Characters aren't as well defined as in Onibaba and I don't think the mother-son-wife relationship is utilized that good (wife part mostly works but mother doesn't). The introduction of the son is kind of odd and he seems to be completely different character after that.

There are beautiful scenes, nice soundtrack and interesting conflict of interests but as a whole it's just a notch below Onibaba. And those eyebrows are so disturbing (well, at least the women didn't have blackened teeth).

The Bourne Identity (2002) R

A wounded man is picked up by a fishing boat on Mediterranean Sea. He doesn't know who he is but starts to follow the leads he has. While chasing his forgotten identity others are chasing him with intent to kill.

At times I'd want to see a good action film but not many of those are made these days. The only option left is to rewatch something I've already seen. Sometimes even that doesn't work perfectly because the films aren't exactly how I remembered.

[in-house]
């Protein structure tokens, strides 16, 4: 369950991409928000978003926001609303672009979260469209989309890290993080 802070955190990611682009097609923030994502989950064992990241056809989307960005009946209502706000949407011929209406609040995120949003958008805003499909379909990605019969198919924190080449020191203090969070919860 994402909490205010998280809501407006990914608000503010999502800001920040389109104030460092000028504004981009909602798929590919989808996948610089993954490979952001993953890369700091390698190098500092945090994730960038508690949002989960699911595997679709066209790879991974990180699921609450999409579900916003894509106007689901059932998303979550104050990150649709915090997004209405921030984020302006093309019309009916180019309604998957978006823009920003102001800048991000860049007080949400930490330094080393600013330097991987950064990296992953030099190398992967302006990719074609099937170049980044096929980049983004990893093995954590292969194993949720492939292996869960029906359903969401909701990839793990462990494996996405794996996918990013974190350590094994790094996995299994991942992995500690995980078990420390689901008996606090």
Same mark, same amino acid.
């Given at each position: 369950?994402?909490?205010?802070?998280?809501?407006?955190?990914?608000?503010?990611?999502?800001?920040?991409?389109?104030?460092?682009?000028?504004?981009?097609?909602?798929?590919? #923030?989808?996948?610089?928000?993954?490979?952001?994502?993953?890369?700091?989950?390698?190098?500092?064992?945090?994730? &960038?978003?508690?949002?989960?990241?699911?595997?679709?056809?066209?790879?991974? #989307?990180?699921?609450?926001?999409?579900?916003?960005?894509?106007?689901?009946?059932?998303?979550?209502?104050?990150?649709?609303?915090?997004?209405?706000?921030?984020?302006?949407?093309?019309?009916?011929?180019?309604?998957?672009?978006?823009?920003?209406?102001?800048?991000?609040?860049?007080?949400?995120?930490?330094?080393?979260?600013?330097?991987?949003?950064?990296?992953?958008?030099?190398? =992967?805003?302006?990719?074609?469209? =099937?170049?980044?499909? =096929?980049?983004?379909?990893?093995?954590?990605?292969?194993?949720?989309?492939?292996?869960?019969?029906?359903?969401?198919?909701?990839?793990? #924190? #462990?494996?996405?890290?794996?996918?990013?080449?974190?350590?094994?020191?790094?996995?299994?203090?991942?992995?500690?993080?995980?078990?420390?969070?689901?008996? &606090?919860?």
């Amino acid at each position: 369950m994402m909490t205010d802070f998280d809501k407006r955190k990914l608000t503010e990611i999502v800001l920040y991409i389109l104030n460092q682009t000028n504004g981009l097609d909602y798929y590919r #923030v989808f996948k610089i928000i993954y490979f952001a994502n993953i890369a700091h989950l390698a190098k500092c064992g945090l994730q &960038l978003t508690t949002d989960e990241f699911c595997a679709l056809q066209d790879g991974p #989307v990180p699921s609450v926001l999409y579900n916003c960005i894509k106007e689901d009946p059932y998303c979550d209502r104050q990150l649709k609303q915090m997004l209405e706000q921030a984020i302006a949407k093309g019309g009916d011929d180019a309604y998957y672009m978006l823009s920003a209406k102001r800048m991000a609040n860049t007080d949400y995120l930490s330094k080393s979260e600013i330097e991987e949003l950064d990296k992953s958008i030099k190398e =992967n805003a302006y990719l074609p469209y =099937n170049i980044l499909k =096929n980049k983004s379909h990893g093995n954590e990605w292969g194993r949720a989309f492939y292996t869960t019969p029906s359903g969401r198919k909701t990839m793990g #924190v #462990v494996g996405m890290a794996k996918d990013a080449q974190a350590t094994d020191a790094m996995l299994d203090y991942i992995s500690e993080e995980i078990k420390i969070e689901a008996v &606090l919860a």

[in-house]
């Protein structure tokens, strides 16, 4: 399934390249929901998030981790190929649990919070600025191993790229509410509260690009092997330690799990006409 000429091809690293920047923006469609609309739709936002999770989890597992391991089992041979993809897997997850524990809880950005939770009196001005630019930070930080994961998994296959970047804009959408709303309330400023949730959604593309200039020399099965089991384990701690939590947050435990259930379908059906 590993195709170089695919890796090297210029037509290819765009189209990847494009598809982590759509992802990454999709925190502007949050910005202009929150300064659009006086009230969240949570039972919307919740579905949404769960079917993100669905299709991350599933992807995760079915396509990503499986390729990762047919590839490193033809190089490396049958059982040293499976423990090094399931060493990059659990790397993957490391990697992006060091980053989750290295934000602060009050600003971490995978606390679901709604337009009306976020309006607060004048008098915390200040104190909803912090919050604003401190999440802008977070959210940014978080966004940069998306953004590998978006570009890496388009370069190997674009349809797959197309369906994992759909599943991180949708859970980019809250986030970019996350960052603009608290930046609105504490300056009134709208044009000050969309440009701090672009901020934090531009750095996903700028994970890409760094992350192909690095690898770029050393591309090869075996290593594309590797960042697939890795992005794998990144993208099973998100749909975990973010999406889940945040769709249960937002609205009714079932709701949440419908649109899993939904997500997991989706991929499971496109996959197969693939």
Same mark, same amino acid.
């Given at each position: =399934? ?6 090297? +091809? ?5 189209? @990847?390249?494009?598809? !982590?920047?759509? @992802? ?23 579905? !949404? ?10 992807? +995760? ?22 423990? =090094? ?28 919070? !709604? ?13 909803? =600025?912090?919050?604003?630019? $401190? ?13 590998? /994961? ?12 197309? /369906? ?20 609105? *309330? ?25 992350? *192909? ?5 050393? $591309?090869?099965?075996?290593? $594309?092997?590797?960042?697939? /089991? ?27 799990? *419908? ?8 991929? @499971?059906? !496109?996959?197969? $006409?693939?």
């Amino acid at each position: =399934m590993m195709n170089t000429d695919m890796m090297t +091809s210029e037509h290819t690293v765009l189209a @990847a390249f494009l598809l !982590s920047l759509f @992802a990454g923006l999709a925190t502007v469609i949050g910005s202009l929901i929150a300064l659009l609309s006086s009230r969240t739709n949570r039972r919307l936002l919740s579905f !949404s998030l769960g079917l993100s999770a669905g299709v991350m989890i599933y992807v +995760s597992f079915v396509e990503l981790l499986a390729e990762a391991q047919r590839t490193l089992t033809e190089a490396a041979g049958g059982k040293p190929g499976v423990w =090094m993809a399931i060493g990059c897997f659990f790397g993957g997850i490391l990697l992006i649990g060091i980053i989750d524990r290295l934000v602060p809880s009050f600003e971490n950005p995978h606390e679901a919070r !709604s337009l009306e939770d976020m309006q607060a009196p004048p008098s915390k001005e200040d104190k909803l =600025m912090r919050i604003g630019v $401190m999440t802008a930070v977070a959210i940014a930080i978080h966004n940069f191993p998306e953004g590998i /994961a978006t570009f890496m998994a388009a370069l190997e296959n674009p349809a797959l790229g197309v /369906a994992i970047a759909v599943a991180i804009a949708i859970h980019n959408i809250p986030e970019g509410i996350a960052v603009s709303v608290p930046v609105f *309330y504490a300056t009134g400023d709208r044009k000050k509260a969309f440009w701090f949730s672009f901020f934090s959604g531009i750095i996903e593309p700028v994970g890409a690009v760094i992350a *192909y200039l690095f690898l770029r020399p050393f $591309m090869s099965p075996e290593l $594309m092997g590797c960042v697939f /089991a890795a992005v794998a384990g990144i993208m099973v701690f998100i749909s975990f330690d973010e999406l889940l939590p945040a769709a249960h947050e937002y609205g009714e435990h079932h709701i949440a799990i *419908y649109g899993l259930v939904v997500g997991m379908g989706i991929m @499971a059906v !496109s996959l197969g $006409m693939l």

There's little too much agent stuff in The Bourne Identity for my liking (I can't give a detailed explanation of what I mean by that - it's more like a feeling than something palpable). The action is actually quite scarce so not really what I was looking for. It just feels like an introduction (which it kind of is) instead of a standalone movie.

Damon looks so boyish on this, he's few years older than Potente but looks like an innocent schoolboy. Other than that he's pretty good though and acting in general is solid. Romance is really forced though and the whole amnesia thing just happens to be one of my least favorite plot devices. It's okay agent film but not the action I wanted yesterday.

The Favorite (2018) N

In early 18th century two women are competing for the favor of the frail and childish Queen Anne.